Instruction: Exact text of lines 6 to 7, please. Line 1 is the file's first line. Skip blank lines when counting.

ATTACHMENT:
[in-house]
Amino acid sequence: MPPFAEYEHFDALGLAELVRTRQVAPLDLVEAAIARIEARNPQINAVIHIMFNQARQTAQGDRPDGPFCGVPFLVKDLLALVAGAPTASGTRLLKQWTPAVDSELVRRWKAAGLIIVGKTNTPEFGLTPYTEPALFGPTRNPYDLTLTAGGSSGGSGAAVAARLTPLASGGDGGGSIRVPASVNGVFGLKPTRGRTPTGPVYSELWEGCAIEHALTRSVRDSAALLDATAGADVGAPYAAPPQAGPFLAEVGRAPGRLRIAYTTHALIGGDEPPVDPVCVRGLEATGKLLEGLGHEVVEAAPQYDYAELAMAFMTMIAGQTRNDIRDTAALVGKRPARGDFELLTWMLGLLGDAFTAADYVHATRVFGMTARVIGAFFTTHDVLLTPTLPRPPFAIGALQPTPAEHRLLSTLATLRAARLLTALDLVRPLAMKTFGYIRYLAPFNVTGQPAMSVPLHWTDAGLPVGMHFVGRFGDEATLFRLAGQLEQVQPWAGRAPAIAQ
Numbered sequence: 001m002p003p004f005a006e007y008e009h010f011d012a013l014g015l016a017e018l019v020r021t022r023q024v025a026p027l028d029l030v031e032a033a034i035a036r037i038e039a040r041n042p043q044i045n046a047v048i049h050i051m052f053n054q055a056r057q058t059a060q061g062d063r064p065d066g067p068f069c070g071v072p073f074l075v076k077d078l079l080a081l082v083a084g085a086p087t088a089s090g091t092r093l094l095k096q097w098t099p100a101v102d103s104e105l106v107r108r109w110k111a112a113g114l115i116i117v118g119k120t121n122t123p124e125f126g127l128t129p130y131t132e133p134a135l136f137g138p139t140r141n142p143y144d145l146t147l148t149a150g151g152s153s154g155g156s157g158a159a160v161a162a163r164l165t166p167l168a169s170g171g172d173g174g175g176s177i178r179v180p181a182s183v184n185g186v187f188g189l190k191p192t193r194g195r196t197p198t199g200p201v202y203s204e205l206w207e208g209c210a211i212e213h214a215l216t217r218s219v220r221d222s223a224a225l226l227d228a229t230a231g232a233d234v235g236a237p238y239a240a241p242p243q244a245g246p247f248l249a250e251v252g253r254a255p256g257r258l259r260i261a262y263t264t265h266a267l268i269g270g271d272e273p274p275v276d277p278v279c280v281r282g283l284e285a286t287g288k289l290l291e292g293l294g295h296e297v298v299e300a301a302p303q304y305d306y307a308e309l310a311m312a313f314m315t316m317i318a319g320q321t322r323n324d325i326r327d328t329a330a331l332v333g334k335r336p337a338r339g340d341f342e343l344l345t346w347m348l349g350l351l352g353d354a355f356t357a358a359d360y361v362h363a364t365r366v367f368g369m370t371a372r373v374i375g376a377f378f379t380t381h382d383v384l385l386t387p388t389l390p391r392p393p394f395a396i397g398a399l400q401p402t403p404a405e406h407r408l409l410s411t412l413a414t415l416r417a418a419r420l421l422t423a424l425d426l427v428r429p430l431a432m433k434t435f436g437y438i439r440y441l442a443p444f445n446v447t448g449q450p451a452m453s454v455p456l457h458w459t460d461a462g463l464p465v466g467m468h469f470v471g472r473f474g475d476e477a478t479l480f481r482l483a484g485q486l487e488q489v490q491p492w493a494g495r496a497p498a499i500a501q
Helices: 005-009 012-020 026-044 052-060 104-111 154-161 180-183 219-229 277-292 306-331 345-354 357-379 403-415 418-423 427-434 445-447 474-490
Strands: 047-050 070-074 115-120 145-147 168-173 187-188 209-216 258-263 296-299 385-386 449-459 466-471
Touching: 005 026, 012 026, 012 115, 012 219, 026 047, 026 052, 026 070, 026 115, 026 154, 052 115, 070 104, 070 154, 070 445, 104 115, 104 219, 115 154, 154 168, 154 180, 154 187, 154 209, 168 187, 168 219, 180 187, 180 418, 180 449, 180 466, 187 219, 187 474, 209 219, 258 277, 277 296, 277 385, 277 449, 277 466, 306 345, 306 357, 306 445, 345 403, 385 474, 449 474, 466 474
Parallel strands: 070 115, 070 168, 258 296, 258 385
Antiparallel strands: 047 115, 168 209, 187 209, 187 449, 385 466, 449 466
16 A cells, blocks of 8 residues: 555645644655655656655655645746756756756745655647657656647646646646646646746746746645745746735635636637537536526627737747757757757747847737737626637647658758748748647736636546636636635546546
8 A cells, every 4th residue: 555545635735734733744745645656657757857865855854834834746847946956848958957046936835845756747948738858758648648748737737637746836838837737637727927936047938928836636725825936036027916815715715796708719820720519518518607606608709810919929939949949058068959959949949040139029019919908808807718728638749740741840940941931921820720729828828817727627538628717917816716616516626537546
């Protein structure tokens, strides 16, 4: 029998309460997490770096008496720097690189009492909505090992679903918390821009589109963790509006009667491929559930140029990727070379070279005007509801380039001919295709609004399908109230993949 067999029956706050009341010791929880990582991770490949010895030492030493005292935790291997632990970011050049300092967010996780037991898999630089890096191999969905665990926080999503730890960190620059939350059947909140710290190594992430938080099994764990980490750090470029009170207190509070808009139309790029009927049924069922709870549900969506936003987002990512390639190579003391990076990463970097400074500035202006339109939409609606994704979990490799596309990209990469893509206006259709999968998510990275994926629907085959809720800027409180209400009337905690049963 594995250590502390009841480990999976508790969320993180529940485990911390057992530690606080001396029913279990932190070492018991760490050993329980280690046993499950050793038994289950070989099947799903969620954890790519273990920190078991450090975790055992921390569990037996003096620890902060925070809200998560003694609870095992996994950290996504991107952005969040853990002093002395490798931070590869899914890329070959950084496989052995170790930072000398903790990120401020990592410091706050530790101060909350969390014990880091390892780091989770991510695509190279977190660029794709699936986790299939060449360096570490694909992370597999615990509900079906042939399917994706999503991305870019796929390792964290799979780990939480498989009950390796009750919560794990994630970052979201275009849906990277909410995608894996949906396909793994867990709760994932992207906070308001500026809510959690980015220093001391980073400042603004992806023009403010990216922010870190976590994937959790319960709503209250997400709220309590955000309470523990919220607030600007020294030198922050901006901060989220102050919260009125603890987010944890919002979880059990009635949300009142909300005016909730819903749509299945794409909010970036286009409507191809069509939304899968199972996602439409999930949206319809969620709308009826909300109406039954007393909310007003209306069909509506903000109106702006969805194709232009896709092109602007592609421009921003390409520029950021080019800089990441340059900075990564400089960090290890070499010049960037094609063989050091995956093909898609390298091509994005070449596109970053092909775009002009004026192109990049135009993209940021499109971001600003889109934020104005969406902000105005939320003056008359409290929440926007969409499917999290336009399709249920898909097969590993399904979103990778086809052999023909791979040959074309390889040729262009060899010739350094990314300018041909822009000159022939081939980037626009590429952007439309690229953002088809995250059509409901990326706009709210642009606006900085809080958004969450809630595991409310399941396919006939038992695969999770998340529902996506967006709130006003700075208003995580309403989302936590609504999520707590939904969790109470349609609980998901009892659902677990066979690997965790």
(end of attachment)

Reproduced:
Touching: 005 026, 012 026, 012 115, 012 219, 026 047, 026 052, 026 070, 026 115, 026 154, 052 115, 070 104, 070 154, 070 445, 104 115, 104 219, 115 154, 154 168, 154 180, 154 187, 154 209, 168 187, 168 219, 180 187, 180 418, 180 449, 180 466, 187 219, 187 474, 209 219, 258 277, 277 296, 277 385, 277 449, 277 466, 306 345, 306 357, 306 445, 345 403, 385 474, 449 474, 466 474
Parallel strands: 070 115, 070 168, 258 296, 258 385